These students are seeing a real-world connection between their classrooms and the workplace. An exit survey taken by high school seniors who finished their apprenticeships this year provides some thought-provoking data. Of 173 graduating seniors, 151 have plans to attend some type of post-secondary school. While 26 of these students hope to focus only on school, the rest have plans to work while in school. And here’s where it gets really interesting: 85 percent of those 125 students are continuing to work for their YA employer, and 71 percent will be majoring in a field related to their apprenticeship.
Based on these numbers, you can see that some employees of the future are here now, developing relationships with employers who are helping them find their futures. If you would like to learn more about opportunities to hire a youth apprentice, contact the youth apprenticeship coordinator at your local high school or Donna Schulz at Northcentral Technical College in Wausau at firstname.lastname@example.org.
June 30, 2014
From wsaw.com: “Middle Schoolers Compete in STEM Academy Final Competition” — Summer vacation is well underway for most students, but for more than one hundred middle school students class is far from dismissed.
Middle schoolers from seven different schools throughout the state are spending their first weeks of summer learning about science, technology, engineering and math.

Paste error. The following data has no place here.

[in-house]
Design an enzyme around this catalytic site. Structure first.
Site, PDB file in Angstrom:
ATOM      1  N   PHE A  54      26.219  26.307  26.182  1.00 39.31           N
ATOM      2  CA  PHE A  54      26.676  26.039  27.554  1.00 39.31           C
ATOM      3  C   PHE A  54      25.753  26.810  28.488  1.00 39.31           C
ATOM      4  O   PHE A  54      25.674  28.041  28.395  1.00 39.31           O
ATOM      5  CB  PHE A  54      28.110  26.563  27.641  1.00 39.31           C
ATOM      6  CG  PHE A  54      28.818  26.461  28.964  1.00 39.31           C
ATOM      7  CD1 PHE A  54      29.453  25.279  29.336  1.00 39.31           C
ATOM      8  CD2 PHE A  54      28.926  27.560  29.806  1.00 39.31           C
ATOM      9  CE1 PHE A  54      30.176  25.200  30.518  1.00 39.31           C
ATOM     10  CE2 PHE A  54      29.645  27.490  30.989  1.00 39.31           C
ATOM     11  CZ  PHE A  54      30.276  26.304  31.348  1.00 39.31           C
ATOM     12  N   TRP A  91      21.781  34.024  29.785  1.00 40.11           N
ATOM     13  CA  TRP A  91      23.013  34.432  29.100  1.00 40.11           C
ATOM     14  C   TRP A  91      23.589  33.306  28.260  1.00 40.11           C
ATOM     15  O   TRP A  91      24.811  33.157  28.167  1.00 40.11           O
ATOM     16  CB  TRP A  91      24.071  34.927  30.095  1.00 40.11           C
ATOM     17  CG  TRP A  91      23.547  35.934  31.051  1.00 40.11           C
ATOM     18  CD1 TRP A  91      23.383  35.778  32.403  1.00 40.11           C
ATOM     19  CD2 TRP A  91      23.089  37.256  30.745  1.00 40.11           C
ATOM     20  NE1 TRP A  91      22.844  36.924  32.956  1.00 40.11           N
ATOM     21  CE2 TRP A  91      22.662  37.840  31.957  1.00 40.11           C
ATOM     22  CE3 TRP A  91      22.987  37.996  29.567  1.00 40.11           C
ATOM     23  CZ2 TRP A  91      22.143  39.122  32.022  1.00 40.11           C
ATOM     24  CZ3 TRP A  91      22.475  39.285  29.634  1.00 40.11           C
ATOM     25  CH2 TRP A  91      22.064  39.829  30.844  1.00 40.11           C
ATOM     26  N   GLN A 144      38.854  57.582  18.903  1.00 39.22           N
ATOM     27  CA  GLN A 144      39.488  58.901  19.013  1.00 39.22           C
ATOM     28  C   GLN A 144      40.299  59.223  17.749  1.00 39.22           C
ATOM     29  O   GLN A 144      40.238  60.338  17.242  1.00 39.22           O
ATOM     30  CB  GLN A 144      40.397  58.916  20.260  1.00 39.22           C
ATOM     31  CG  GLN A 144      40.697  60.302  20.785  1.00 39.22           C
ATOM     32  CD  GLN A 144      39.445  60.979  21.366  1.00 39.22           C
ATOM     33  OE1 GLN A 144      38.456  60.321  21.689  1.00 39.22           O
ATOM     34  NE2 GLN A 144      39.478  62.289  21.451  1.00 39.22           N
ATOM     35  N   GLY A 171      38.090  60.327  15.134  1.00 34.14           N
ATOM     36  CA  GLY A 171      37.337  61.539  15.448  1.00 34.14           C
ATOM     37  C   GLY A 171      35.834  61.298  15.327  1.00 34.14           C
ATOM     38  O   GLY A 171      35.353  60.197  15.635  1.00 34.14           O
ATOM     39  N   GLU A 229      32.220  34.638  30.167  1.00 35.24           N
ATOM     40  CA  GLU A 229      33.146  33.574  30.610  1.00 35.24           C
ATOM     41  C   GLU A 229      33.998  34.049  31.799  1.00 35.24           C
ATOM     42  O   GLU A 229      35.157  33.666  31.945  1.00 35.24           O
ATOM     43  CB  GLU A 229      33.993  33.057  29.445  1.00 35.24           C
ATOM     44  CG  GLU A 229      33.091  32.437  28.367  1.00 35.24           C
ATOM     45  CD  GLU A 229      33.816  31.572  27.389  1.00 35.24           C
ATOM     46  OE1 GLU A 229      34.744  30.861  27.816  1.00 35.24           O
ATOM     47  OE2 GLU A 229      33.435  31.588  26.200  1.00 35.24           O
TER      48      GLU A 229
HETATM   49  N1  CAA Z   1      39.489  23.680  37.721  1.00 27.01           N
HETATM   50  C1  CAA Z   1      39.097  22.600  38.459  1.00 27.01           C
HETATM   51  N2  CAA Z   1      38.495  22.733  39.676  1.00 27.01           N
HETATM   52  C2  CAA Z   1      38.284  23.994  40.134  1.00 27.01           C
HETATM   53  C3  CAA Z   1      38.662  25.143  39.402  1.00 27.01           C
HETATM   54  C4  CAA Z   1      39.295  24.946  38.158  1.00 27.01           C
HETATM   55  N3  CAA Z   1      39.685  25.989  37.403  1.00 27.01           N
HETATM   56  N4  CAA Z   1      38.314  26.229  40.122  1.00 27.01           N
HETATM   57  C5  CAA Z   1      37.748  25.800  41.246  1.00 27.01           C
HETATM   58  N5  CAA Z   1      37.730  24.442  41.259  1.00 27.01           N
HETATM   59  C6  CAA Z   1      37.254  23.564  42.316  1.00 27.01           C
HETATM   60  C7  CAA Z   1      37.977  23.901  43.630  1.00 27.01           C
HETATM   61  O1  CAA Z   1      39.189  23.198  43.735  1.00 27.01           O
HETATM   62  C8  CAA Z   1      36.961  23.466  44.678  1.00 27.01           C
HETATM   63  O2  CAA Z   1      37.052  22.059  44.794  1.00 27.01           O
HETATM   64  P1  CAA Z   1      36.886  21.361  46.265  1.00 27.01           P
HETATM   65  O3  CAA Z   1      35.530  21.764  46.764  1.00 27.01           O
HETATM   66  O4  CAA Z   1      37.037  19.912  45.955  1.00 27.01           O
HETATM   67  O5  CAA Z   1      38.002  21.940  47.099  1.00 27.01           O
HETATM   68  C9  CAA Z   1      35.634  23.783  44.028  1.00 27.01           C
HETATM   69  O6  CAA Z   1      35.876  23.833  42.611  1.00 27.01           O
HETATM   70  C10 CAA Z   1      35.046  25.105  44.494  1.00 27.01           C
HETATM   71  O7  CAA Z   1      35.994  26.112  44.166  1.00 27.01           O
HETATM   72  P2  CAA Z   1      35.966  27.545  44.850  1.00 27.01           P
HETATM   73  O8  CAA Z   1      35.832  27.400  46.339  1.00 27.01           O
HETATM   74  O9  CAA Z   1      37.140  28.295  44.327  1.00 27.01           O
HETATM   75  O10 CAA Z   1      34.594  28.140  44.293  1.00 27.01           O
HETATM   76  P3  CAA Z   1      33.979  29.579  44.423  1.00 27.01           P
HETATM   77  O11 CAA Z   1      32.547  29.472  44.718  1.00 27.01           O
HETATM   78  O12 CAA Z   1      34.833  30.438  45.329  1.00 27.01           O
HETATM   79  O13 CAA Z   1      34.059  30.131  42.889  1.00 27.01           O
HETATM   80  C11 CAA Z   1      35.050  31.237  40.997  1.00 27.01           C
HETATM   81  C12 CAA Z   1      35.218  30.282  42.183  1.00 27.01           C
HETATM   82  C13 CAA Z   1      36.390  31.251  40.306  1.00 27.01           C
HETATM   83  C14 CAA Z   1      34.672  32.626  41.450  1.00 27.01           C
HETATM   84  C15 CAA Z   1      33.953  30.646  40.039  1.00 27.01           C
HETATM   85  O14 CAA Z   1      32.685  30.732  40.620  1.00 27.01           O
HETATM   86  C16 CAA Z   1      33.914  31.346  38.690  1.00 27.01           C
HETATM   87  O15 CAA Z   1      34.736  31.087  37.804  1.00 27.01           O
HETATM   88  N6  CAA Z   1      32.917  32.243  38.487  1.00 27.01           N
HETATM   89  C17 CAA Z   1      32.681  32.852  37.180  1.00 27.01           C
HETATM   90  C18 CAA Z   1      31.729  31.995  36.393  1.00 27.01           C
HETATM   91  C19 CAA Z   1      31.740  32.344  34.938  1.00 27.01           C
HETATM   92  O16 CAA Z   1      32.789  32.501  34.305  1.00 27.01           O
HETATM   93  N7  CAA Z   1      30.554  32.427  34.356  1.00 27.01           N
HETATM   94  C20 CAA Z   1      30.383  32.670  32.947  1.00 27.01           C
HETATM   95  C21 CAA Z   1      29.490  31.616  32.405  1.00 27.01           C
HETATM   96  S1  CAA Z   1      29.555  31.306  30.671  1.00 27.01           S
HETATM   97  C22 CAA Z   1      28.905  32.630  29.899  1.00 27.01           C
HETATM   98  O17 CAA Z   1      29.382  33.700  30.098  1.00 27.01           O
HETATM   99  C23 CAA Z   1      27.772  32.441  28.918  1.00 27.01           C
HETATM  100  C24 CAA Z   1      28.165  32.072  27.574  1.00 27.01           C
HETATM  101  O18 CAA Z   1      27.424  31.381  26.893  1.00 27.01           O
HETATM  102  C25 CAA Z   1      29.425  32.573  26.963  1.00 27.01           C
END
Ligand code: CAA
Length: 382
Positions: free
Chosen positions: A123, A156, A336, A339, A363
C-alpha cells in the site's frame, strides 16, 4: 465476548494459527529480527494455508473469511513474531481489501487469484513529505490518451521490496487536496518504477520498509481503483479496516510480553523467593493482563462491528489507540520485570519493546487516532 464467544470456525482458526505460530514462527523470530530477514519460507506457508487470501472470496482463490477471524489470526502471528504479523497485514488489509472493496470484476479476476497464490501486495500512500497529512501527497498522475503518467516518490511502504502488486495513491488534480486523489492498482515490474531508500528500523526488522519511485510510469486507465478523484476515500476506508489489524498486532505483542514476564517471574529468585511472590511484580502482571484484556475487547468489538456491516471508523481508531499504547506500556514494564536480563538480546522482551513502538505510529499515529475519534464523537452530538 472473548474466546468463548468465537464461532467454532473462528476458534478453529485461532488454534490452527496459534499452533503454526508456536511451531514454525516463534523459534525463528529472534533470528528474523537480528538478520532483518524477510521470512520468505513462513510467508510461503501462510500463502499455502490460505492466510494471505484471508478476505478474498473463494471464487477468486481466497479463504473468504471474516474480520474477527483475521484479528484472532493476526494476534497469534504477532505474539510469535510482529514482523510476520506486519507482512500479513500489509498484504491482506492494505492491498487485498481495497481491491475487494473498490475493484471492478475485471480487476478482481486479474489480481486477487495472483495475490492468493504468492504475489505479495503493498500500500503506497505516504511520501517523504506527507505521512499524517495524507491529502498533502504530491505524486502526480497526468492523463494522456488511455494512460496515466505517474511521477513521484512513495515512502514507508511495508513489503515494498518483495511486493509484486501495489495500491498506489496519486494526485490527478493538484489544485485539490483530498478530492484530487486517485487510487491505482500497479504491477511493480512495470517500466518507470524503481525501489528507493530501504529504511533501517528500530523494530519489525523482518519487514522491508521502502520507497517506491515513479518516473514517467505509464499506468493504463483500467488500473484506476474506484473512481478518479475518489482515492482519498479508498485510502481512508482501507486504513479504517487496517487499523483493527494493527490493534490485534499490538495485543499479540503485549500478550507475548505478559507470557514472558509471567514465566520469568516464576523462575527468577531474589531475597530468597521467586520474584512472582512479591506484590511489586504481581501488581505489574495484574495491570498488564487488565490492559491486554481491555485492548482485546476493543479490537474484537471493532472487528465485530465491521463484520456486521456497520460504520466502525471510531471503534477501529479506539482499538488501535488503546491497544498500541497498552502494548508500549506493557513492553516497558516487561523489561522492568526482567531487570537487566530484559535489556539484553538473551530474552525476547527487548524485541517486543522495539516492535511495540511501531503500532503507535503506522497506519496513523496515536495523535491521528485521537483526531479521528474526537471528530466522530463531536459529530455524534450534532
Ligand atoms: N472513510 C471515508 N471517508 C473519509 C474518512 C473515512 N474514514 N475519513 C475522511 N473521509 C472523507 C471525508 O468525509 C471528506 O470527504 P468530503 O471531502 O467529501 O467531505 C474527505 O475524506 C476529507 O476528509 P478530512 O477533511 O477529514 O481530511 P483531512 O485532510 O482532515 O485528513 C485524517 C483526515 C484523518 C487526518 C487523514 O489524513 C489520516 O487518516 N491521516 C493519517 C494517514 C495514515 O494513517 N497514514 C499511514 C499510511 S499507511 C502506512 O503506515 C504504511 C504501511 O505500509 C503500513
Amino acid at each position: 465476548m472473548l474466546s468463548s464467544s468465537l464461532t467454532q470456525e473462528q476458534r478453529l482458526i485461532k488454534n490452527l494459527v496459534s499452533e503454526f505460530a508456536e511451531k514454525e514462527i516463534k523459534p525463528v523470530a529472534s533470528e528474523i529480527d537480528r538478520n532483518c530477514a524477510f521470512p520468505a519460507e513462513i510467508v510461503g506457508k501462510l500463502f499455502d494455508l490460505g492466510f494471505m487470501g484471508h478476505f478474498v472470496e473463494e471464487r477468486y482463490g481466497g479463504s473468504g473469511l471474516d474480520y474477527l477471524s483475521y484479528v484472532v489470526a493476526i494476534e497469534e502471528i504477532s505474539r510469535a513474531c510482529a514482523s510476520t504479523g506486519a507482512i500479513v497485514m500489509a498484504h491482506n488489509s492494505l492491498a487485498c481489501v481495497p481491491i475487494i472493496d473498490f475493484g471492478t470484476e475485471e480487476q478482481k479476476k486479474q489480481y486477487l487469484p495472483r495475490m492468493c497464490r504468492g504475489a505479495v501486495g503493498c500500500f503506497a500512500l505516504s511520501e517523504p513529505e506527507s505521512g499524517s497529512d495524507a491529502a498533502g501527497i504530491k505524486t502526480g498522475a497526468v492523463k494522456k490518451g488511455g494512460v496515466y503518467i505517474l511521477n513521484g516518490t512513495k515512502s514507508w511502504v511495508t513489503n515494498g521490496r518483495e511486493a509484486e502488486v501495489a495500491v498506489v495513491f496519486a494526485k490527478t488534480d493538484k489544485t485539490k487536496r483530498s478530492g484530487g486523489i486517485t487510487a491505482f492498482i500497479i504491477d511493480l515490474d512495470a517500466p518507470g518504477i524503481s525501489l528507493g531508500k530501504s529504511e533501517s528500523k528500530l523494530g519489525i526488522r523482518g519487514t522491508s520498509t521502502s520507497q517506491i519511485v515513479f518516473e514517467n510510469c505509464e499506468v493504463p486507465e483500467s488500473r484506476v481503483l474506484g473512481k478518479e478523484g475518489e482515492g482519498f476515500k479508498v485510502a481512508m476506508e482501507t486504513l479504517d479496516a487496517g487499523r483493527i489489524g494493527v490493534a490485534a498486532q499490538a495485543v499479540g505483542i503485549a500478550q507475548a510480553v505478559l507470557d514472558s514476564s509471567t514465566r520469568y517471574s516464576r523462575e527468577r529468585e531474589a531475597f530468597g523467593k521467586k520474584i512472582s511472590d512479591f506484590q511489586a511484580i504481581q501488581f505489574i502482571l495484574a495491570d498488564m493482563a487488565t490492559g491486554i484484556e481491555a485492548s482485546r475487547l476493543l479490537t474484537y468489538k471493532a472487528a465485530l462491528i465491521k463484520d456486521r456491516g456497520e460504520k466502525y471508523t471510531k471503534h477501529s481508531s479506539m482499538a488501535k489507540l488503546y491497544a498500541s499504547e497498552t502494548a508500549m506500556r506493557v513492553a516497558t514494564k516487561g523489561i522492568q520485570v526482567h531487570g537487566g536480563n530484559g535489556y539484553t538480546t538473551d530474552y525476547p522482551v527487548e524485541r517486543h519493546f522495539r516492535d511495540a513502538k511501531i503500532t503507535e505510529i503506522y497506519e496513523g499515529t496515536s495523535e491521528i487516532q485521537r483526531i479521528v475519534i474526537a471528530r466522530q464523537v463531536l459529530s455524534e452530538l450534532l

Through video conferencing, all seven schools worked together on projects like building water rockets and marshmallow catapults. Friday, they all met face to face for the first time to show off and test their projects in a friendly competition.
“Our passion for this program is for them to understand that science, technology, engineering and math they are exciting fields and that it’s not scary and they can do it,” Program Director Jamie Lane explained.
Their methods seem to have worked. Students tell us the program made STEM subjects fun and more interesting to learn.
“I’ve never really been a big fan of math,” Rosholt sixth grader Cora Kertzman confessed. “But now I’m understanding it more and I like it a lot more.”
Even teachers say they’ve learned from this experience and hope to bring the fun back into the classroom this fall.
This was the first year for the STEM Project Academy. Organizers tell NewsChannel 7 the program was so popular they already have a waiting list for next year.
The STEM project was made possible through a partnership with the Erving Network and Northcentral Technical College.